A rate hike of +25 bps at the upcoming FOMC meeting is a done deal as the market has for months priced in over 90% chance of its occurrence. Recent macroeconomic developments indicate such rate hike is totally justified. The focuses are on the forward guidance on the future path of normalization and the updated economic projections. We expect the members to upgrade the economic growth and inflation assessment. It is also prudent to make some changed on the forward guidance, to illustrate that the rate- hike process since the end of 2015 has taken the policy more closely to “neutral” than years ago.
The second estimate shows that GDP expanded +2.2% in 1Q18. Growth, however, is expected to accelerate later in the year, as the impact of the tax reform plan becomes more evident. For the first quarter, the government estimated that after-tax corporate profits surged +5.9%, compared with +1.7% in 4Q17. The outlook for the second quarter is upbeat. For instance, the Atlanta Fed projects that growth would soar to +4.6% in 2Q18, more than doubling the growth rate in the prior quarter.
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Strong economic activity has continued to absorb spare capacity remaining in the market. The unemployment rate slipped further to 3.8% in May, further below the long-term rate of +4.6%. Nonfarm payrolls increased +223K in May, the biggest addition in 3 months and beating consensus of a +118K increase. Wage growth is on track to improve, albeit gradually. Inflation stands sustainably above +2%.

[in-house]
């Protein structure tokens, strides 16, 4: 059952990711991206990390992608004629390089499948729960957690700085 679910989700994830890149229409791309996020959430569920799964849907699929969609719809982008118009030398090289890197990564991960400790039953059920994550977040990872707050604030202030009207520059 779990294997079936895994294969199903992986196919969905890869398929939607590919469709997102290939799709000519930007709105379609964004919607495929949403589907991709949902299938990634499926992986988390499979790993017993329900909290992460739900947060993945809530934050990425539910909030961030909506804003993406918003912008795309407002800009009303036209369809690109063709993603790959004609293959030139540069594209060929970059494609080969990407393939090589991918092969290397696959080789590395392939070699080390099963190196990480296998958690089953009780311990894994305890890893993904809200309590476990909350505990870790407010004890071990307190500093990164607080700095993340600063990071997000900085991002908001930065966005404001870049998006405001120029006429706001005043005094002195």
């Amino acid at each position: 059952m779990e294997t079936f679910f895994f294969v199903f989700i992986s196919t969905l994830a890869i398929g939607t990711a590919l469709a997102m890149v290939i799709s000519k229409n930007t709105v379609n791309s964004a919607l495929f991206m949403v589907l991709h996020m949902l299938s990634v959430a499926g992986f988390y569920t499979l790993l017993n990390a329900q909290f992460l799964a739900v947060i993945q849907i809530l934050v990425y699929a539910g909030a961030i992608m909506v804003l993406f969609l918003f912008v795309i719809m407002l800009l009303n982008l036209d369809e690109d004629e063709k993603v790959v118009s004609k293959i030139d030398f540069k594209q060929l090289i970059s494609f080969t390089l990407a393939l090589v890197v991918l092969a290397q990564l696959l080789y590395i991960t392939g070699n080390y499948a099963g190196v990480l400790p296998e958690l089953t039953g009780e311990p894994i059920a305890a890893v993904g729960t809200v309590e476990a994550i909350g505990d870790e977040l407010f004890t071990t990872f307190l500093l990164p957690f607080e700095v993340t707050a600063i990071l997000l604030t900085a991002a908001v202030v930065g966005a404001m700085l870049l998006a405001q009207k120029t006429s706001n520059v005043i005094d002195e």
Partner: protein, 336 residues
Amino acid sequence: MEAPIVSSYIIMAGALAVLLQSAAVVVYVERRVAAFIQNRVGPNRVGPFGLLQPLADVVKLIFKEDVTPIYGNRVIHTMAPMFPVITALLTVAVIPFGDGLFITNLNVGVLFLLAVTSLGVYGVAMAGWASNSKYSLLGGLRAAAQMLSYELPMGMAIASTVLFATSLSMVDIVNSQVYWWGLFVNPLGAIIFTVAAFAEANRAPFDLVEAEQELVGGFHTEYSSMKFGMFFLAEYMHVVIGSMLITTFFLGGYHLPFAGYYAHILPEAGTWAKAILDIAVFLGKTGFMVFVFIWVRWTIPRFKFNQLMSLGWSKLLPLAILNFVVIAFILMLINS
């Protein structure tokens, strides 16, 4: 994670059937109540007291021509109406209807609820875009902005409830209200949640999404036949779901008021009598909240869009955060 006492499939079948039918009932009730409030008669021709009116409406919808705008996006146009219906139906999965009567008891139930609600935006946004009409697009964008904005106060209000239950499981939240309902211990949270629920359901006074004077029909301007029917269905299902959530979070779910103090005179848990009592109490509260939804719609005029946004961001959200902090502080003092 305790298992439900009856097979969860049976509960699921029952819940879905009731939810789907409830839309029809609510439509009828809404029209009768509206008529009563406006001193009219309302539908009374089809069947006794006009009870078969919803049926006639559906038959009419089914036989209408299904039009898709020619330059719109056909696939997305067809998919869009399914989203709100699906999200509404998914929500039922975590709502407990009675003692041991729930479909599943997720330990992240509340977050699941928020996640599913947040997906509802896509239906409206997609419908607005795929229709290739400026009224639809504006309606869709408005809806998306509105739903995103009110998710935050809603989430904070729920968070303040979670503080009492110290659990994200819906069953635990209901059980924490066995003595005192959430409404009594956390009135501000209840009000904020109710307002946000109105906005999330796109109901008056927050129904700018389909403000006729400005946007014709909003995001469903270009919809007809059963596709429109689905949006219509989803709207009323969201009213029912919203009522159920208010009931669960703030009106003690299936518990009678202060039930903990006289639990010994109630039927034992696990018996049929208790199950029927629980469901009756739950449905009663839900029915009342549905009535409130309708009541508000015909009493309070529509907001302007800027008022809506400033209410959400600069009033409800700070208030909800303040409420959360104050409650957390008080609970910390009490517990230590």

Scheduled for release on June 12, headline CPI is expected to accelerate to +2.8% y/y in May from +2.5% a month ago. Core CPI probably improved to +2.2% y/y, from April’s +2.1%. Meanwhile, PCE, the Fed’s preferred gauge of inflation has steadied at about +2% over the past two months. Meanwhile, consumer spending, investment, and trade data have all improved since the last meeting. We expect the staff economic projections to be upgraded slightly, revising higher GDP growth, lower unemployment rate, and higher headline PCE inflation for this year.
With a June rate hike fully priced in, the focus is on the future monetary policy path. The median dot plot might show totally 4 rate hikes, compared with 3 previously, this year. The forward guidance, stating that the fed funds rate “is likely to remain, for some time, below levels that are expected to prevail in the longer run”, has not been changed since the first post-global finance crisis rate hike in December 2015. We believe this should be amended to illustrate that the policy rate is getting closer to neutral after a number of rate hikes. Moreover, the description that the current level policy rate remains “accommodative” might warrant change for the above-mentioned reason.